EA: BF3 Premium “Largely Off-sets” Poor SWTOR Performance
Game Front took a step into the spin zone today during Electronic Art’s Q1 2013 Investor Call. Earlier in the day, the news had hit: Star Wars: The Old Republic is going free-to-play. CEO John Riccitiello, EA Labels head Frank Gibeau, and other EA bigwigs spent parts of the call in damage control mode, trying to reassure investors that the bad news about the publisher’s expensive WOW-killer was mitigated by other positive signs.
In particular, they pointed to the strong performance of the Battlefield 3 Premium service, which was launched earlier this summer. For Premium customers, $50 provides access to all five of the game’s DLC packs; the last, “End Game,” is scheduled for release this winter.
BF3 Premium has been a hot seller since it was introduced, generating $37 million in sales and over a million downloads in just two months. This is big money, to be sure, but is it enough success to support EA’s claim, repeated more than once during the investor call, that “strength on Battlefield largely off-sets Star Wars?”
This may or may not be true from a financial standpoint; it’s a matter of weighing SWTOR’s lost subscription revenue against the amount that BF3 Premium exceed EA’s expectations — two figures the megalithic publisher is unlikely to cough up. Nevertheless, the big-budget MMO’s spiraling subscription numbers raise questions about the overall viability of the product and its business model. Microtransactions are sure to recoup some of missing subscription cash, but SWTOR’s quick stagnation represents a pricey risk that hasn’t paid off for EA, and it’s a mistake investors and executives will remember. This is bad news for developers BioWare, who could bear the brunt of the disappointment emanating from both groups.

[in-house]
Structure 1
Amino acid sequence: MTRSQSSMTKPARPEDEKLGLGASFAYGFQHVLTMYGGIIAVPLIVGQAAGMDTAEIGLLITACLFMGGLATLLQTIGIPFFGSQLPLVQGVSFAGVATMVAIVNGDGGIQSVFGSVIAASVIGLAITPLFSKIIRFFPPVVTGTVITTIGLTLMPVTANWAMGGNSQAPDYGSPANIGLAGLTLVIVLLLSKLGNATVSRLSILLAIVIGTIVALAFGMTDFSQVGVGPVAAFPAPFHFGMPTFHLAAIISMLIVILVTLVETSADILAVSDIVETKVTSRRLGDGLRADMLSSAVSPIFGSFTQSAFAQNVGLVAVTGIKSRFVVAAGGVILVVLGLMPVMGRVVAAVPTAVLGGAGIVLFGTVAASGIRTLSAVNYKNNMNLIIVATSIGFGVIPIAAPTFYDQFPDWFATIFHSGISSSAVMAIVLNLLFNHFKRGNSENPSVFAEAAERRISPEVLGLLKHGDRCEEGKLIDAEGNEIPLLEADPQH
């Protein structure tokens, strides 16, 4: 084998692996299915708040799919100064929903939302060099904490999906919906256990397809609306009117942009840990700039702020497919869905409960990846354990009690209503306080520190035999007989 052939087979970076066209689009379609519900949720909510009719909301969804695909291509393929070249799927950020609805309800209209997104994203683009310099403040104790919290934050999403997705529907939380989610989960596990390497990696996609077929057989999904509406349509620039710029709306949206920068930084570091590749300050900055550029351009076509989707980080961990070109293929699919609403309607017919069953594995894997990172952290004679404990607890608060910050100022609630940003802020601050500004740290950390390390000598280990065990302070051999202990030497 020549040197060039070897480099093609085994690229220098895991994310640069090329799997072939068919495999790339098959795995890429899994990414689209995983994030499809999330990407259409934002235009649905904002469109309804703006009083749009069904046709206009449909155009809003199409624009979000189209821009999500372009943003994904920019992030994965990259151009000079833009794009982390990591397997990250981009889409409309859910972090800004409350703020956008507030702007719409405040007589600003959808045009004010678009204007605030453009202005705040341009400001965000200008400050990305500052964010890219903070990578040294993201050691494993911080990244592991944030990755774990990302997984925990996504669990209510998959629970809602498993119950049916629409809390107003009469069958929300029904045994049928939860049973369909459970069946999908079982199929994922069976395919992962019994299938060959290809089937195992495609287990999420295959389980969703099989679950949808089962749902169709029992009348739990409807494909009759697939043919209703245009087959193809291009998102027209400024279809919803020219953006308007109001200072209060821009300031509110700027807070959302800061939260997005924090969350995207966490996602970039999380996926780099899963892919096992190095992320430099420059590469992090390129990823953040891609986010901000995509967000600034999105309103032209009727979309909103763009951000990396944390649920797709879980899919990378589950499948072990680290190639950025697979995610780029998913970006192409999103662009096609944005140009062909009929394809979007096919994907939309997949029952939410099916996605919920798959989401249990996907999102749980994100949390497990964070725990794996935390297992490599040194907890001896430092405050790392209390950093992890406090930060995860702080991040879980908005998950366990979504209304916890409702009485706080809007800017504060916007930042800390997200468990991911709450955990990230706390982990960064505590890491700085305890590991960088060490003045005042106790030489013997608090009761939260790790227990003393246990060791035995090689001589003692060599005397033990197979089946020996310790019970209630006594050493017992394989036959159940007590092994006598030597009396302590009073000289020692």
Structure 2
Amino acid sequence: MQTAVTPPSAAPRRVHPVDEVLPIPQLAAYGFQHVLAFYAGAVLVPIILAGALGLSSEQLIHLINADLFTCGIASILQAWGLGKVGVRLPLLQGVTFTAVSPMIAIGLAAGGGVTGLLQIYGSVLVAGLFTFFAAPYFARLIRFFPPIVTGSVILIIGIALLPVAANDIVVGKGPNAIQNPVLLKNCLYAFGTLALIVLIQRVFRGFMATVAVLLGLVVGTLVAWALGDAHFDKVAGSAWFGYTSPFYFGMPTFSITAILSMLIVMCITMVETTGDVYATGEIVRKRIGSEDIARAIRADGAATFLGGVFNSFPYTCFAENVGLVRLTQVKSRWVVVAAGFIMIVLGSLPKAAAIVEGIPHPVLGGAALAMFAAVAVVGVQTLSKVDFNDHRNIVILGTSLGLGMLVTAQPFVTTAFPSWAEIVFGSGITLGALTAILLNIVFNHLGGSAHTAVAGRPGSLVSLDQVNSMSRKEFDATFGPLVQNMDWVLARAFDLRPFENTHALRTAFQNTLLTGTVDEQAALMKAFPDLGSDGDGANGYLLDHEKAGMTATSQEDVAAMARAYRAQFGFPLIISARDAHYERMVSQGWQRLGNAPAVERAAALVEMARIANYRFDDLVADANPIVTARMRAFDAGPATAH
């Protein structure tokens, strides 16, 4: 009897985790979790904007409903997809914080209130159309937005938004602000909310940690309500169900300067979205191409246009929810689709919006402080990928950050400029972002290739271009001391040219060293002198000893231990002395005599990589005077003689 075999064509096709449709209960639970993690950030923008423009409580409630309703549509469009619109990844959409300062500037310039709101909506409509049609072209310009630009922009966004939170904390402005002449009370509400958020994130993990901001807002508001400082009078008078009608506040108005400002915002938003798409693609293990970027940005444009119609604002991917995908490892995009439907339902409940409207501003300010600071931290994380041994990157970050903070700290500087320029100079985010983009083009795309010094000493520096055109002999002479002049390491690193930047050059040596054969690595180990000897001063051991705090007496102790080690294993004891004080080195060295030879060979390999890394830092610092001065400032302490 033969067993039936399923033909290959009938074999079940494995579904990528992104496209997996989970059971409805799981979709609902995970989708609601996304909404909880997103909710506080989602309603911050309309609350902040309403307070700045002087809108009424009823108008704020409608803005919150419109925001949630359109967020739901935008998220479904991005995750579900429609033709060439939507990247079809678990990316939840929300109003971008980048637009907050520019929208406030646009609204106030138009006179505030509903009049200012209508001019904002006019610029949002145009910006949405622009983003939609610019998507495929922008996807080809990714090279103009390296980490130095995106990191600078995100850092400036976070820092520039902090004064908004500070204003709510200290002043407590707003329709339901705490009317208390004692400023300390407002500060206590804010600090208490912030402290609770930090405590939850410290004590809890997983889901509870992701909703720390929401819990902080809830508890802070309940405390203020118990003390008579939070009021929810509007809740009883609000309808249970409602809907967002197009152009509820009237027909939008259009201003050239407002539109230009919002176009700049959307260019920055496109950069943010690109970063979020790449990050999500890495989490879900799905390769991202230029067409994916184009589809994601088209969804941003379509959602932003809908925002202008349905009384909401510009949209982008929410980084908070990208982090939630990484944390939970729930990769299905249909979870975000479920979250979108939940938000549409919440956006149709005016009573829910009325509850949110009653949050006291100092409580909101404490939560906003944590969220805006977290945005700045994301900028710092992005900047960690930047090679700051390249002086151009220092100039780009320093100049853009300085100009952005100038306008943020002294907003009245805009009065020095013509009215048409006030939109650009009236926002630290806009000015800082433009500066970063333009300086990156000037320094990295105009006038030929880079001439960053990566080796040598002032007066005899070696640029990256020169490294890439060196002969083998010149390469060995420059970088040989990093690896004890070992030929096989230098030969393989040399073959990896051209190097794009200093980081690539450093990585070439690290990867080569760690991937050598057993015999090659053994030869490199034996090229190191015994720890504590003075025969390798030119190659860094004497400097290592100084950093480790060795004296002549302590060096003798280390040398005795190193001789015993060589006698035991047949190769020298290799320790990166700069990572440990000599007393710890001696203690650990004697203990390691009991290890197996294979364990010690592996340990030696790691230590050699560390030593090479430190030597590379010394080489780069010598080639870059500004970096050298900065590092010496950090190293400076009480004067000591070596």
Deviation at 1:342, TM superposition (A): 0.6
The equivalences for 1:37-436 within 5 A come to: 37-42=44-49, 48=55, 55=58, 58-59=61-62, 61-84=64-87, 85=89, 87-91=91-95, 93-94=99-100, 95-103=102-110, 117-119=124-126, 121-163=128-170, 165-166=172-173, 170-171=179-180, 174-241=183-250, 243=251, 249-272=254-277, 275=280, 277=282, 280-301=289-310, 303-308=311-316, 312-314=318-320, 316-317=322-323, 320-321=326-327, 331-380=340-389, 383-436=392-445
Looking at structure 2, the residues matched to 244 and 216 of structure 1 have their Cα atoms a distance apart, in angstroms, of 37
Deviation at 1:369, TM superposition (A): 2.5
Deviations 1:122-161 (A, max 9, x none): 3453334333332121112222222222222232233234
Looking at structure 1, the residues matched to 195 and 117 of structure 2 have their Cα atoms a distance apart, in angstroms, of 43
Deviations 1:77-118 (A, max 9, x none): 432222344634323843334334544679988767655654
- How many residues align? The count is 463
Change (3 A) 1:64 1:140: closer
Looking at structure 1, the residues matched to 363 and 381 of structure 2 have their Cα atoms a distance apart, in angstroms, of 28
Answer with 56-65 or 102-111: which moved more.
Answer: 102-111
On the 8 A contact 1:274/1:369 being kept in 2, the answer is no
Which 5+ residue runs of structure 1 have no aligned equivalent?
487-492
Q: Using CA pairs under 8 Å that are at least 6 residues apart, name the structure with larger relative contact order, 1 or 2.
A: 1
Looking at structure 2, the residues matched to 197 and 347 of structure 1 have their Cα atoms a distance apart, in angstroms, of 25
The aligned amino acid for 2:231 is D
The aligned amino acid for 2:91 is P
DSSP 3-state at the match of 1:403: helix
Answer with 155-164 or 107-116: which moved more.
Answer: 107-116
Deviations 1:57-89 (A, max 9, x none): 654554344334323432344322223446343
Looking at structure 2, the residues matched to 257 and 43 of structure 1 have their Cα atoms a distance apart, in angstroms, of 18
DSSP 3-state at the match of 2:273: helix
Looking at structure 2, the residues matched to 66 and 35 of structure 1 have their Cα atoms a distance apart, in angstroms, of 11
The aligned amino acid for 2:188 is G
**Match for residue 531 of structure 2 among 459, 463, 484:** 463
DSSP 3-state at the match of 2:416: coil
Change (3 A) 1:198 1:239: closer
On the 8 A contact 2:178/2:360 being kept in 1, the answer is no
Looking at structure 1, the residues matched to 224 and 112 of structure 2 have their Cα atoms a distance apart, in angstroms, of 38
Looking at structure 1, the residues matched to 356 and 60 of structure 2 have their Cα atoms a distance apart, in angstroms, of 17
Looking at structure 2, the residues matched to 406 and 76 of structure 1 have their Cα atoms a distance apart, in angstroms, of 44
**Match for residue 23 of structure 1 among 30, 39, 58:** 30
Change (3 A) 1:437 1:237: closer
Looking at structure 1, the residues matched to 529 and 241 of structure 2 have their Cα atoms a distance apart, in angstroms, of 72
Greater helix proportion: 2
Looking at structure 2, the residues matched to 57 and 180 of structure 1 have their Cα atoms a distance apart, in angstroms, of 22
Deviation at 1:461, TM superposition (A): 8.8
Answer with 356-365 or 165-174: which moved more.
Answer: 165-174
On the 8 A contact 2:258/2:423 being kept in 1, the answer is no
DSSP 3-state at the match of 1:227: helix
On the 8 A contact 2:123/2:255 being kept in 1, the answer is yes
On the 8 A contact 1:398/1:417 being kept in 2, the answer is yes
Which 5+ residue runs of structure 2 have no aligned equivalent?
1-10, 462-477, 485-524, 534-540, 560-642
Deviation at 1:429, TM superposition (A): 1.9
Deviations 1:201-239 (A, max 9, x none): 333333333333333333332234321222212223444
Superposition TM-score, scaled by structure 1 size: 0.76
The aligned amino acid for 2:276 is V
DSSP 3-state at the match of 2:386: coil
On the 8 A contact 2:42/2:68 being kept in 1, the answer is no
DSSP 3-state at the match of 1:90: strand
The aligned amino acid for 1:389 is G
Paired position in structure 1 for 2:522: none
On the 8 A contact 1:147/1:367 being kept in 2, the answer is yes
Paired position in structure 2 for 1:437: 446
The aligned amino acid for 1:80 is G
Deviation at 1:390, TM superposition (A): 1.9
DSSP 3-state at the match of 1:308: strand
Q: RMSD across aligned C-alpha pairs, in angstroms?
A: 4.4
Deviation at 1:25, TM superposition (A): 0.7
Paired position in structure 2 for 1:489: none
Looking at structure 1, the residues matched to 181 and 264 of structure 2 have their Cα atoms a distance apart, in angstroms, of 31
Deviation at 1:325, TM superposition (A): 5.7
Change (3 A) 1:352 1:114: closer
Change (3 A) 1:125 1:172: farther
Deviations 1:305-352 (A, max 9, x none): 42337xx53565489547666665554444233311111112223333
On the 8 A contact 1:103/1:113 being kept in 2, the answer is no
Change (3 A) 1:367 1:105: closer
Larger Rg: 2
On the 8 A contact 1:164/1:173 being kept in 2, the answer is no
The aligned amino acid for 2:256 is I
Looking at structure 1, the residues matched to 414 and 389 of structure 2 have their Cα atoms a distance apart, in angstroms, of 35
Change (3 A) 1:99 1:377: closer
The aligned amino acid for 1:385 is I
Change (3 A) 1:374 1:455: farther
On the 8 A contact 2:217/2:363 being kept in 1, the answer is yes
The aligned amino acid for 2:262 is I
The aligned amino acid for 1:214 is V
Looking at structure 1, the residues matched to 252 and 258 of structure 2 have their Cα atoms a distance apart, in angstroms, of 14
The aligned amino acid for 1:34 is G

The contrast between EA’s prepared remarks during their Q4 2011 and Q1 2013 — between stolid optimism and rueful pragmatism — could not be more stark:
Interim CFO Ken Barker, 5/7/2012:
“We delivered an extraordinary launch of a solidly profitable long-term franchise…We expect this title will further expand our margins in fiscal 13 as we get the full year benefit of subscription revenue…the current number of active subscribers, 1.3 million, is very consistent with the original assumptions we made when we acquired BioWare in 2008….while this franchise is very profitable, it only represents a mid-single digit percent of our total profitability in fiscal 13.”
EA Labels Head Frank Gibeau, 7/31/2012:
“Although it launched well, subscriptions have been on a declining trajectory and have now slipped below one million. Last year we announced that the breakeven point was roughly 500,000 subscribers. And while we are well above that today, that’s not good enough. The message from players exiting the game is clear – 40 percent say they were turned off by the monthly subscription. And many indicated they would come back if we offered a free-to-play model.”
What a difference three months makes!